You know the old saying: The early bird gets the worm—or the stunning photograph. Sunrise pictures can be some of the most spectacular nature photography shots if you’re willing to wake up for them.

But the ephemeral sunrise can also be the hardest thing to capture well on camera.

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How to Take Sunrise Photos

sunrise over landscape
Source: Unsplash
Landscape sunrise photo by Dawid Zawila.

While most phone cameras can capture decent sunset and sunrise photography on their own these days (especially with a filter added), you can take them to the next level with a few steps that professional nature photographers swear by.

Find the Sunrise Golden Hour

Most people only try to capture the scene when the sun is cresting the horizon, but you can get beautiful photos anytime during the sunrise “golden hour,” which is the hour just after sunrise. Taking pictures at sunrise is great because the light is softer than it will be at midday and the angle of the sun can create interesting shadows to use in your composition. 

Some photographers also love the sunrise “blue hour”—the 30 minutes or so before sunrise—for its dark and dramatic hue.

Either way, you can take sunrise pictures at any time of year, but you’ll want to pay attention to how the sunrise time changes throughout the seasons. If you’re not much of an early bird, winter sunrise will occur latest in the morning, so it may be easier for you!

Choose the Right Sunrise Photography Camera Settings

Choosing the correct ISO, aperture, and shutter speed is always the key to getting excellent photos, but there’s no one best setting for sunrise photography. In fact, a lot of different camera settings can lead to a great sunrise capture.

Let’s start with the ISO: A low ISO creates a darker picture, and a high ISO makes a brighter one. You may be tempted to choose a high ISO to capture the light and colors of the sunrise, but that can lead to a grainier-looking photo. Most professionals recommend a lower ISO for landscape sunrise photography—as close to 100 as you can get.

That means you’re going to need to brighten your photo with either a large aperture or a slow shutter speed. Which you choose depends on the conditions of your photograph: If you’re trying to create a crisp, still picture, you may need a faster shutter speed, whereas if you want a little blurred motion, you can go with a slower shutter speed. If you want everything in focus, you may want a small aperture (high f-stop)—if you want the foreground in focus with a blurred background, you can go with a smaller aperture (low f-stop).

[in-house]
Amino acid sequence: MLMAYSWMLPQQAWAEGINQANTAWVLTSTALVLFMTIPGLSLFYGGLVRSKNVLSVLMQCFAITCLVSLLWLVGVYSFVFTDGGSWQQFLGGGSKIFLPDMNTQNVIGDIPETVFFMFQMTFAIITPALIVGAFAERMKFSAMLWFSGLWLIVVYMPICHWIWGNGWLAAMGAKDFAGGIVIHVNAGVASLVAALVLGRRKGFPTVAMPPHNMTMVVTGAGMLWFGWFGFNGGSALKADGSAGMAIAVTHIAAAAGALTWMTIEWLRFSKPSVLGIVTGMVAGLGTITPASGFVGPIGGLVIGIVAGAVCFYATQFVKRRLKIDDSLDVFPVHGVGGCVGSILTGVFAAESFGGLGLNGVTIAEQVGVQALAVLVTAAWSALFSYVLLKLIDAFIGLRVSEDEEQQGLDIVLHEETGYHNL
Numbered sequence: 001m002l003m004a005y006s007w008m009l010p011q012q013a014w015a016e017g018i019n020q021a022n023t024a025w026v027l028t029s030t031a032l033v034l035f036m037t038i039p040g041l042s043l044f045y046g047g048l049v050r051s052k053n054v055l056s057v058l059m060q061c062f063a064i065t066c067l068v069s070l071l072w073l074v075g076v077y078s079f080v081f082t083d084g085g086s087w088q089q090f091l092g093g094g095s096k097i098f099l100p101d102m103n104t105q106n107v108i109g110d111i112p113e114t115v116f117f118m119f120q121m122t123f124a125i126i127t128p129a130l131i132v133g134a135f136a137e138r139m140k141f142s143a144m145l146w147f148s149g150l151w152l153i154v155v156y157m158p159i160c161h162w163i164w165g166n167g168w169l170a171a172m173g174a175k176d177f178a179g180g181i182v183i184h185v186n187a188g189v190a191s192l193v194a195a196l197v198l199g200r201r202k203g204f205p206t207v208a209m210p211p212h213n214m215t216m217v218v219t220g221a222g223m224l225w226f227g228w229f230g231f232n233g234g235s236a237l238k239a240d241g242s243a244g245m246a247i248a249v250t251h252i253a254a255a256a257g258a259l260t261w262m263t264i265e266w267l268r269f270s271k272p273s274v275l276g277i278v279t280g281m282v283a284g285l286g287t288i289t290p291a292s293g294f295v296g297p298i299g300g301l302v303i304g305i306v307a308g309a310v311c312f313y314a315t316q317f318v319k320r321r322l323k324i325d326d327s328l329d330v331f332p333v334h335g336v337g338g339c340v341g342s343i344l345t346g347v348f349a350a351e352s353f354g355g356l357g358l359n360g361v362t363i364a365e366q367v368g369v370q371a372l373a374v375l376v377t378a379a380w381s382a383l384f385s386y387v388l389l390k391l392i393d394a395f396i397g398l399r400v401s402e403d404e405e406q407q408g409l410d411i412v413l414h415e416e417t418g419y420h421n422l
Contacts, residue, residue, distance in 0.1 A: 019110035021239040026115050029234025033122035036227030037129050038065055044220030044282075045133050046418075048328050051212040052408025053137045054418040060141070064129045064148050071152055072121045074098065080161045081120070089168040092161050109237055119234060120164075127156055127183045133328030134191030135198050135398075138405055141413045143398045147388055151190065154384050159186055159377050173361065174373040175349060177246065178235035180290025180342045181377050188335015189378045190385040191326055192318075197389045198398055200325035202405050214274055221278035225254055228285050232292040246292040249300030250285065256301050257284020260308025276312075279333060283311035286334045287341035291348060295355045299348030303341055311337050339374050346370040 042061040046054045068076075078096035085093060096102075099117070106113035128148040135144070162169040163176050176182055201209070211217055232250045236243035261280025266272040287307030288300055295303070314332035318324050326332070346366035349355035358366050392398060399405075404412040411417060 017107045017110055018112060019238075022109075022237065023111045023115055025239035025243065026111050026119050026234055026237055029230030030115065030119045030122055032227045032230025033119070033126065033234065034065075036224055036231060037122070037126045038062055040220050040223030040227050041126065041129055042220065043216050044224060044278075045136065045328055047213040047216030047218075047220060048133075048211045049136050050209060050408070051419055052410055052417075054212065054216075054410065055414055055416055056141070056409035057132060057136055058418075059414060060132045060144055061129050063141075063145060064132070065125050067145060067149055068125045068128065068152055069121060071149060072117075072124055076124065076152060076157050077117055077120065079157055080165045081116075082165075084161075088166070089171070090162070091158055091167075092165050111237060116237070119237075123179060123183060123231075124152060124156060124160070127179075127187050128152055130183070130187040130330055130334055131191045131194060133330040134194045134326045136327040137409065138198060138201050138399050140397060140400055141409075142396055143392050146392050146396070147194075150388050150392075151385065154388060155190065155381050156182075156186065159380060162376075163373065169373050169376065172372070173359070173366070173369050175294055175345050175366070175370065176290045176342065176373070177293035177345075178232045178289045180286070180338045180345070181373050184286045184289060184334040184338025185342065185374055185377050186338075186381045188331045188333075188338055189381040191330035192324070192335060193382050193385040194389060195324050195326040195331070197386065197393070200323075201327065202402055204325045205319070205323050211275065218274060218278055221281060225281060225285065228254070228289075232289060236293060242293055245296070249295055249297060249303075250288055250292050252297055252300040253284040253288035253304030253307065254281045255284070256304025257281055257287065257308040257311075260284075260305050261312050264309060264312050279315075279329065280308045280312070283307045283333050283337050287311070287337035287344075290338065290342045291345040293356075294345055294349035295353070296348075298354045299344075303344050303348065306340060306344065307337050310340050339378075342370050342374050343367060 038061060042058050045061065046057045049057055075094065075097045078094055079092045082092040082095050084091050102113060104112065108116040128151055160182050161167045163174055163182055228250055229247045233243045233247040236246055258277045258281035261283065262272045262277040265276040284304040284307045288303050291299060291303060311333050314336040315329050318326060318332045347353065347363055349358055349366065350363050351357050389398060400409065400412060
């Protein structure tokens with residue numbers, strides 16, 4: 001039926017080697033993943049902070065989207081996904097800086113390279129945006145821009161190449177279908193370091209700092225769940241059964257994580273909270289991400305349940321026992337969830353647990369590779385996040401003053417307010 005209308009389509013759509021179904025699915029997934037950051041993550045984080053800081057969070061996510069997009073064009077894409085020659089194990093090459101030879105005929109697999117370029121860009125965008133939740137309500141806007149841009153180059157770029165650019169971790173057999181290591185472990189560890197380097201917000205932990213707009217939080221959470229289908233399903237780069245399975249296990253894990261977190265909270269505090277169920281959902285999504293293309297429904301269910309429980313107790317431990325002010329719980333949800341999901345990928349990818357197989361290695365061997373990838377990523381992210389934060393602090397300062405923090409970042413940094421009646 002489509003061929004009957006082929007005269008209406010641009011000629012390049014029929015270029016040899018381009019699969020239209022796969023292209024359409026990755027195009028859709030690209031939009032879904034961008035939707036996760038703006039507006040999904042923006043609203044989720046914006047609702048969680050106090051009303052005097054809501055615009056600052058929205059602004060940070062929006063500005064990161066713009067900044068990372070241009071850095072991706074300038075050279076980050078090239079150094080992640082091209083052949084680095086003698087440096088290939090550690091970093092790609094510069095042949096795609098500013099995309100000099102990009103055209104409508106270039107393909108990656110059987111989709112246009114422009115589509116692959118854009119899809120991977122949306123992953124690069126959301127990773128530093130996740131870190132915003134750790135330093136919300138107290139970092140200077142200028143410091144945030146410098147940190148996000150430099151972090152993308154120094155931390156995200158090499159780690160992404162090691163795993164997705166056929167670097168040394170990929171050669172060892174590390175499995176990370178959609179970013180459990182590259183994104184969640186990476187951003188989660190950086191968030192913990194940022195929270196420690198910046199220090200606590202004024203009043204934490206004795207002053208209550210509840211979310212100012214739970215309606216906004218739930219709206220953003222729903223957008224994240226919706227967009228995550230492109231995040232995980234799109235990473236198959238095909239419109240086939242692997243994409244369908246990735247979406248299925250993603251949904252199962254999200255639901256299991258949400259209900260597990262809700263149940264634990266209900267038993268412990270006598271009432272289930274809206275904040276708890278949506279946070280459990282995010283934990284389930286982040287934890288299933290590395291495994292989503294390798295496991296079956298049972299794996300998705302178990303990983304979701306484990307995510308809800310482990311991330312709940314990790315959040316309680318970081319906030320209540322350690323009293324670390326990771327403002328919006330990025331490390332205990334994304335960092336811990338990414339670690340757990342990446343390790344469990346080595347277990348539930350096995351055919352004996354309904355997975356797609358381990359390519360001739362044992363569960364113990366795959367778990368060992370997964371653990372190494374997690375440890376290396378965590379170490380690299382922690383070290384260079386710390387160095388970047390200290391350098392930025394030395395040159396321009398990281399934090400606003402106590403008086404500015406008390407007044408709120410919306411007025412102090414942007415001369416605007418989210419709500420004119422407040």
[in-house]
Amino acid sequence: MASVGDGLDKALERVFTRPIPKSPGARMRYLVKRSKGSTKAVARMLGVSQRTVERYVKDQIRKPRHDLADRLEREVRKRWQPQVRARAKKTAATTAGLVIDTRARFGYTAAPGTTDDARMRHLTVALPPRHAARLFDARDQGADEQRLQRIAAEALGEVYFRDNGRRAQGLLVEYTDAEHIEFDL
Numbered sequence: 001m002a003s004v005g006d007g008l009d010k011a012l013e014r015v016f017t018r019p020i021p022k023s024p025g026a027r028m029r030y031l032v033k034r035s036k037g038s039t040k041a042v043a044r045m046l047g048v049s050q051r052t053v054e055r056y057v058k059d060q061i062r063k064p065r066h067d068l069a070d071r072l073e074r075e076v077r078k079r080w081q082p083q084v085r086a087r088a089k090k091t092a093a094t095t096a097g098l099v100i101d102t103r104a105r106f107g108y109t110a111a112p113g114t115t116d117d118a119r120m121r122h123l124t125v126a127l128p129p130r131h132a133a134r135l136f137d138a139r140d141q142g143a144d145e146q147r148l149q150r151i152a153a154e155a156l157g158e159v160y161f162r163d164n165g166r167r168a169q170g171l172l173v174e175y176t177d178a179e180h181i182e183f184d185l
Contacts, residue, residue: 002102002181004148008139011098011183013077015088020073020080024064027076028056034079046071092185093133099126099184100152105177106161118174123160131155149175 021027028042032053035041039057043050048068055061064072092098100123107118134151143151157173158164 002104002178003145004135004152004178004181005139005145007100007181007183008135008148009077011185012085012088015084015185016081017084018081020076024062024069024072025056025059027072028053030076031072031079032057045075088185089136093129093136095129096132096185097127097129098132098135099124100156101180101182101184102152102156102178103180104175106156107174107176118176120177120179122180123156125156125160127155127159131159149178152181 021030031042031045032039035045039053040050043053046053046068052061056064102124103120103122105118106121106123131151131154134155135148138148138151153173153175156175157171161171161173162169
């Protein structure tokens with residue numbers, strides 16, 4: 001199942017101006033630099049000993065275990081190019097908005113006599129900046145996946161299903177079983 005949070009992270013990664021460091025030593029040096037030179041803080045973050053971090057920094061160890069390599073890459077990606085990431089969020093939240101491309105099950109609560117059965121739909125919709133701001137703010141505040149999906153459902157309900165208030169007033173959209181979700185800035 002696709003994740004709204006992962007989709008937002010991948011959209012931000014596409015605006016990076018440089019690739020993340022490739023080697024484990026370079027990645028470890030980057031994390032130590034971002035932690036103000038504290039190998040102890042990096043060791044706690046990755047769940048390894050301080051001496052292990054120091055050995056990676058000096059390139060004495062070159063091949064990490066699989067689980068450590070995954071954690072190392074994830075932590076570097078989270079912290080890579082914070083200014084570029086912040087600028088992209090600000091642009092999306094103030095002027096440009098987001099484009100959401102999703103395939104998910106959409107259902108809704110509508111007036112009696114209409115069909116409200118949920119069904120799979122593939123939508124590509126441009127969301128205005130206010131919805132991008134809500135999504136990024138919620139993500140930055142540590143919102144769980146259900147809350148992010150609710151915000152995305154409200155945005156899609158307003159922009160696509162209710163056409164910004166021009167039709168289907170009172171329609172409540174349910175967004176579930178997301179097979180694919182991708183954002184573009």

Play with these settings, using your exposure meter to get the balance right for capturing the dim, early-morning light. Travel photographer Sean Dalton recommends slightly under-exposing at sunrise, so you don’t blow out the sky. You can fix it later in editing.

rice paddy
For this sunrise photo, Sean Dalton shot at ISO 100, 1/40 sec shutter speed, and f/11 aperture, slightly under exposing to avoid losing the detail in the sky, then brought it to life in editing on the right.

If you’re not using a DSLR camera and are shooting on your phone, try photo apps that allow you to adjust these settings, or simply tweak the exposure in your native camera app. 

iphone taking photo of camera
Adjust the exposure in the standard iPhone camera by tapping the frame, then dragging the sun icon up or down to increase or decrease exposure.

Follow These Sunrise Photography Tips

Here are a few more easy tips to make your sunrise photos really shine:

  • Get to your location early, and take lots of photos: The light changes fast at sunrise, so you’ll want to know the photos you’re aiming for before the sun even comes up. Then, once you’re ready, don’t think too hard and take lots of photos, playing with different settings. You could even try some time lapse photography to capture every moment!
  • Use a tripod and shutter release: Since you’re photographing in low light, it’s easy to end up with shaky photos. A little bit of equipment can help stabilize everything.
  • Pay attention to the shadows: So many people just take a photo of the sun coming over the horizon, but other elements in your landscape may be even more interesting thanks to the shadows the low sun is creating. Using other photo composition tricks will take your sunrise pictures from flat to dynamic.

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Best Sunrise Photography Settings

With the right eye, you can get beautiful sunrise images anywhere you go. But here are some especially stunning settings to try, along with a few sunrise images to inspire you. 

Landscape Sunrise Photography

sunrise over misty lake
Sunrise photography on a lake by Skillshare student Jennifer Morrow.

Ocean Sunrise Photography

sunrise at campsite
Ocean sunrise picture by Skillshare teacher Chris Burkard.

Beach Sunrise Photography

sunrise under ocean pier
Sunrise picture taken on the beach by Skillshare teacher Chris Burkard.

Mountain Sunrise Photography

sunrise over mountains
Sunrise picture taken in the mountains by Skillshare student Barnabas Siwila.

Start Taking Professional Sunrise Photography Today

Whether you’re taking sunrise or sunset photographs, the trick to mastering any nature photography is to practice as much as you can. Experiment with different camera settings, compositions, and editing techniques until you determine what captures the style you’re looking for. Hey, even if it takes some practice to get the perfect photo, you’ll get to experience plenty of beautiful sunrises along the way. 

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Written by:

Erin Greenawald